# Counting inversions

Inversion Count for an array indicates – how far (or close) the array is from being sorted. If array is already sorted then inversion count is 0. If array is sorted in reverse order that inversion count is the maximum. Formally speaking, two elements a[i] and a[j] form an inversion if a[i] > a[j] and i < j

Example: The sequence 2, 4, 1, 3, 5 has three inversions (2, 1), (4, 1), (4, 3), so answer is 3.

Looking for code-review, optimizations, best practices.

public final class CountingInversions {

private CountingInversions() {}

/**
* Returns the number of inversions in the input array
*
* @param a the input array
* @return  the number of inversions.
*/
public static int countInversions(int[] a) {
return mergeSort(a, 0, a.length);
}

private static int mergeSort (int[] a, int low, int high) {
if (low == high - 1) return 0;

int mid = (low + high)/2;

return mergeSort (a, low, mid) + mergeSort (a, mid, high) + merge (a, low, mid, high);
}

private static int merge (int[] a, int low, int mid, int high) {
int count = 0;
int[] temp = new int[a.length];

for (int i = low, lb = low, hb = mid; i < high; i++) {

if (hb >= high || lb < mid && a[lb] <= a[hb]) {
temp[i]  = a[lb++];
} else {
count = count + (mid - lb);
temp[i]  = a[hb++];
}
}

System.arraycopy(temp, low, a, low, high - low);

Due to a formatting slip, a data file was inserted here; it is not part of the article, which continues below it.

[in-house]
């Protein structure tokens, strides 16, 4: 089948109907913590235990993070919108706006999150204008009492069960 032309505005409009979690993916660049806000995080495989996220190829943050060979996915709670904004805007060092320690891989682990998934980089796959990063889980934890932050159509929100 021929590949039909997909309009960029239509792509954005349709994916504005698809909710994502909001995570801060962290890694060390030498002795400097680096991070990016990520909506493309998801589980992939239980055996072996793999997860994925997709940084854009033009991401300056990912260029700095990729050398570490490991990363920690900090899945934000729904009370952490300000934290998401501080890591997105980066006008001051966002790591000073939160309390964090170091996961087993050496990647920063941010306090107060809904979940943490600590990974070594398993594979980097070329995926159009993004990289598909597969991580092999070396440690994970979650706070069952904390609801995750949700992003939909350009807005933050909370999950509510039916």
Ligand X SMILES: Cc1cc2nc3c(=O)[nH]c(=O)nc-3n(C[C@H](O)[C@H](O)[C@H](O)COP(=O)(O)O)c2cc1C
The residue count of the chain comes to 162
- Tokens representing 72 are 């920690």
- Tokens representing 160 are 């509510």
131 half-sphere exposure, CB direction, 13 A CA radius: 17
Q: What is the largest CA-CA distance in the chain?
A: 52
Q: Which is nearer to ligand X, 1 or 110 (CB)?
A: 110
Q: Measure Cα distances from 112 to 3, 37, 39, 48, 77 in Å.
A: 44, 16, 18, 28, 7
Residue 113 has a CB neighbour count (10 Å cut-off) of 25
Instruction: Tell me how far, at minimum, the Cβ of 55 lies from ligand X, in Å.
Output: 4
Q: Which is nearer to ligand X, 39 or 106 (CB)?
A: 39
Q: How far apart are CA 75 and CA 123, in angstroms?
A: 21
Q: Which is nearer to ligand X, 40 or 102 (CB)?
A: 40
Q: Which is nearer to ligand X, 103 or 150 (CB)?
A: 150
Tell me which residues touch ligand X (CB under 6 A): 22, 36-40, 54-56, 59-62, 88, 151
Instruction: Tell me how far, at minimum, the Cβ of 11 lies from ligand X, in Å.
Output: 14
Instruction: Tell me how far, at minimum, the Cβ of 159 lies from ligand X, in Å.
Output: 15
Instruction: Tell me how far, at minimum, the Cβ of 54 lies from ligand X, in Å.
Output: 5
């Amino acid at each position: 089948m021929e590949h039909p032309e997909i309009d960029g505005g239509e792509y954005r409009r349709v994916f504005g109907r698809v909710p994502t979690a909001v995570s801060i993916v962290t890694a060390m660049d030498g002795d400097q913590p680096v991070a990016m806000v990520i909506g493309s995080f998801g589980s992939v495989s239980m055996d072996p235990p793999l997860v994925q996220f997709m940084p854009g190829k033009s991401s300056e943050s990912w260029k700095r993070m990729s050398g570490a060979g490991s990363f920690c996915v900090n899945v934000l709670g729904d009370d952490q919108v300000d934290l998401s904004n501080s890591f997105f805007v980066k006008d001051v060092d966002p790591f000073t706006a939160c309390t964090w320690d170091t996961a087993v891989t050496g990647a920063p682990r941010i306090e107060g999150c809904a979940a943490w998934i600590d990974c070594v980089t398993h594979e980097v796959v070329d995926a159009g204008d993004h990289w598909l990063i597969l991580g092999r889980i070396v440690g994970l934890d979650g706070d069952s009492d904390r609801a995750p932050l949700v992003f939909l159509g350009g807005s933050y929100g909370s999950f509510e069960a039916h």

return count;
}
}


And the unit tests:

public class CountingInversionsTest {

@Test
public void testOne() {
int[] a1 = {2, 4, 1, 3, 5};
assertEquals(3, CountingInversions.countInversions(a1));
}

@Test
public void testTwo() {
int[] a2 = {4, 3, 2, 1};
assertEquals(6, CountingInversions.countInversions(a2));
}

@Test
public void testThree() {
int[] a3 = {1, 2, 3, 4};
assertEquals(0, CountingInversions.countInversions(a3));
}

@Test
public void testFour() {
int[] a3 = {3, 3, 3, 3};
assertEquals(0, CountingInversions.countInversions(a3));
}
}

• I'd add some bigger tests done by e.g. comparing to bubble sort. With a few such small tests I wouldn't trust the algorithm (and bubble sort is quickly done and testing with 100 random elements can reveal some problems). Jun 20, 2014 at 2:15
• Seems pretty good to me... I tested with some new test cases and it works fine.... Jun 20, 2014 at 17:05

• Both (low + high)>>1 and (low+high)/2 are prone to overflow, the correct expression is (low + high)>>>1 (using unsigned shift). Apr 12, 2015 at 19:23